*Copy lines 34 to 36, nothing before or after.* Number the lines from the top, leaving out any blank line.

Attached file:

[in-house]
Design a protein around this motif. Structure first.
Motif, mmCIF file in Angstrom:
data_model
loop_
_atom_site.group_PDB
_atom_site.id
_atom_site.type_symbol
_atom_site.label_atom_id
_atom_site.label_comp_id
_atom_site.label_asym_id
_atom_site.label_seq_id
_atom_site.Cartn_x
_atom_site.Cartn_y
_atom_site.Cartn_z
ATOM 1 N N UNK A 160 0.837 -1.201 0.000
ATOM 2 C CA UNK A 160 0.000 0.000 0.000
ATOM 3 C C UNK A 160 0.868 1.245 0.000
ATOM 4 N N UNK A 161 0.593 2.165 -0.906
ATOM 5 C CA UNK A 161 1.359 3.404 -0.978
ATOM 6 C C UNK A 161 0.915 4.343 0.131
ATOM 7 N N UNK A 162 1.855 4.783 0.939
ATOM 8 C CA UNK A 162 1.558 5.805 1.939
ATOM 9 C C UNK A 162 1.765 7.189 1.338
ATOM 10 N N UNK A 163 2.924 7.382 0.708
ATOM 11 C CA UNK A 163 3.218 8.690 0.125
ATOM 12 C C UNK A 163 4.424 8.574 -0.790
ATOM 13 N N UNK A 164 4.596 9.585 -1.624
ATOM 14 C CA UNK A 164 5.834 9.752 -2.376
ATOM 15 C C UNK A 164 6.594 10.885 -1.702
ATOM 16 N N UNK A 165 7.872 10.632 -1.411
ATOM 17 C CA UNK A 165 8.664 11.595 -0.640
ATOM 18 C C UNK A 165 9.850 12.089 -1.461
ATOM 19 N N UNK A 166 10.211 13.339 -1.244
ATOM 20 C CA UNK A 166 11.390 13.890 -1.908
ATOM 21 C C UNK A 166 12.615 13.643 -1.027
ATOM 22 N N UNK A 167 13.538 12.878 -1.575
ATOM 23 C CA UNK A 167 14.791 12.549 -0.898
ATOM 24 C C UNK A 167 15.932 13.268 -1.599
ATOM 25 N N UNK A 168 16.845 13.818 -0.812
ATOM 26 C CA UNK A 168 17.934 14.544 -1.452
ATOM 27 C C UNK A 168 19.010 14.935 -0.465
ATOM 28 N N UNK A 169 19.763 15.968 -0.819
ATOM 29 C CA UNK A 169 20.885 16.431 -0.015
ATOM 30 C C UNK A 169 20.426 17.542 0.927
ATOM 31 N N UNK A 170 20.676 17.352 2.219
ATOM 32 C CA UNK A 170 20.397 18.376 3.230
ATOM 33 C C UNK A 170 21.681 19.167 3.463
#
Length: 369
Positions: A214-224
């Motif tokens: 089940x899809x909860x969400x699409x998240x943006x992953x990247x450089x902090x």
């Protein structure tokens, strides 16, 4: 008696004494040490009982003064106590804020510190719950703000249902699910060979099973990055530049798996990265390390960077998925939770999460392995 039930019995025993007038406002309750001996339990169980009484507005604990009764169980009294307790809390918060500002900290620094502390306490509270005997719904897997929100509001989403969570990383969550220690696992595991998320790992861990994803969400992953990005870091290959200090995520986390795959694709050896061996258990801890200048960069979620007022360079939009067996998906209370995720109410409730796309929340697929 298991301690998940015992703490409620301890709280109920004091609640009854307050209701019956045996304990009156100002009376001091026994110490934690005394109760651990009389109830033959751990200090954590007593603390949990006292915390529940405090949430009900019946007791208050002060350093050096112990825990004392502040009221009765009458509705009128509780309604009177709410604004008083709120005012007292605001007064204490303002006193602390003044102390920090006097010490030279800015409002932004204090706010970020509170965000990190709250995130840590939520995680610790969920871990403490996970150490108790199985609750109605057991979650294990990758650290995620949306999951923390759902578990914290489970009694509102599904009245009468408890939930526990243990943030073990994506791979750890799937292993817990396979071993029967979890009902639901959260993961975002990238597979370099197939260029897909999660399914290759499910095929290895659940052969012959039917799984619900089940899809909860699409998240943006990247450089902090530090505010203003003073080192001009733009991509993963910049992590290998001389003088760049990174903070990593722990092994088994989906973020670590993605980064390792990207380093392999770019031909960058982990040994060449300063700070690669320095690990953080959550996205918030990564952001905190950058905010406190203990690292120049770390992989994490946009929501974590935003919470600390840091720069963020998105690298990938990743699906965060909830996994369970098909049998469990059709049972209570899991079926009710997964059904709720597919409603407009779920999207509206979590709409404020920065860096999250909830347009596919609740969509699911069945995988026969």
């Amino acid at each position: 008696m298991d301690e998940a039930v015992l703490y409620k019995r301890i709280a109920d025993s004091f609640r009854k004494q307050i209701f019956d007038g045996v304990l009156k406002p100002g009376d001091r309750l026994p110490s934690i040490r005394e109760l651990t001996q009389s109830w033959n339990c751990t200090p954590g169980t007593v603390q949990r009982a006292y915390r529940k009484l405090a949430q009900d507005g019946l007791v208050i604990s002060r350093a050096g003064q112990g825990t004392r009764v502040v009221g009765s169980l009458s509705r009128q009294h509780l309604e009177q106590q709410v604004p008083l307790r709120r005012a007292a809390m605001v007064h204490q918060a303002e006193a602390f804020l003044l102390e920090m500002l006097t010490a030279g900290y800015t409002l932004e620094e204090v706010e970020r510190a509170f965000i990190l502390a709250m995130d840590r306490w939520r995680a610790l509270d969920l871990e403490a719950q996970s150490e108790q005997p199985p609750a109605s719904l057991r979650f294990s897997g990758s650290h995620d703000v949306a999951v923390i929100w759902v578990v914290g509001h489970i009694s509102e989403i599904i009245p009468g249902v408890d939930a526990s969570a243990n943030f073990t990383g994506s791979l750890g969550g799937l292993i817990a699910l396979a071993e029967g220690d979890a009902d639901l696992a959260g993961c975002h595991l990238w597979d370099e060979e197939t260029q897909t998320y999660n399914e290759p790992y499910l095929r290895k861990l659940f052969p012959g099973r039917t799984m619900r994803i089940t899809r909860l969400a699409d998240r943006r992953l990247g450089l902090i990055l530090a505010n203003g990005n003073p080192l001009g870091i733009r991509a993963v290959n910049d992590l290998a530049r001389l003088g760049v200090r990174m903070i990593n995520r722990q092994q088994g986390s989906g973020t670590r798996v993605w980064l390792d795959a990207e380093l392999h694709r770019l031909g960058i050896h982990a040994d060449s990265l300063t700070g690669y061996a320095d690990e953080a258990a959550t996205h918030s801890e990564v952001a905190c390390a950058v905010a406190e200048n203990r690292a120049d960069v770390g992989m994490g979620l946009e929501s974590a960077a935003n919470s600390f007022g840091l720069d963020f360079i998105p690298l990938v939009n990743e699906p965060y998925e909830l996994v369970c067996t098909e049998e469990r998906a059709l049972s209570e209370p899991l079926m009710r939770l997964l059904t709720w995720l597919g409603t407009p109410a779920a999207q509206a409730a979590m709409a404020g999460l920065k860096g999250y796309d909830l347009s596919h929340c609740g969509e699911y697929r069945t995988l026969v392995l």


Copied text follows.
ATOM 19 N N UNK A 166 10.211 13.339 -1.244
ATOM 20 C CA UNK A 166 11.390 13.890 -1.908
ATOM 21 C C UNK A 166 12.615 13.643 -1.027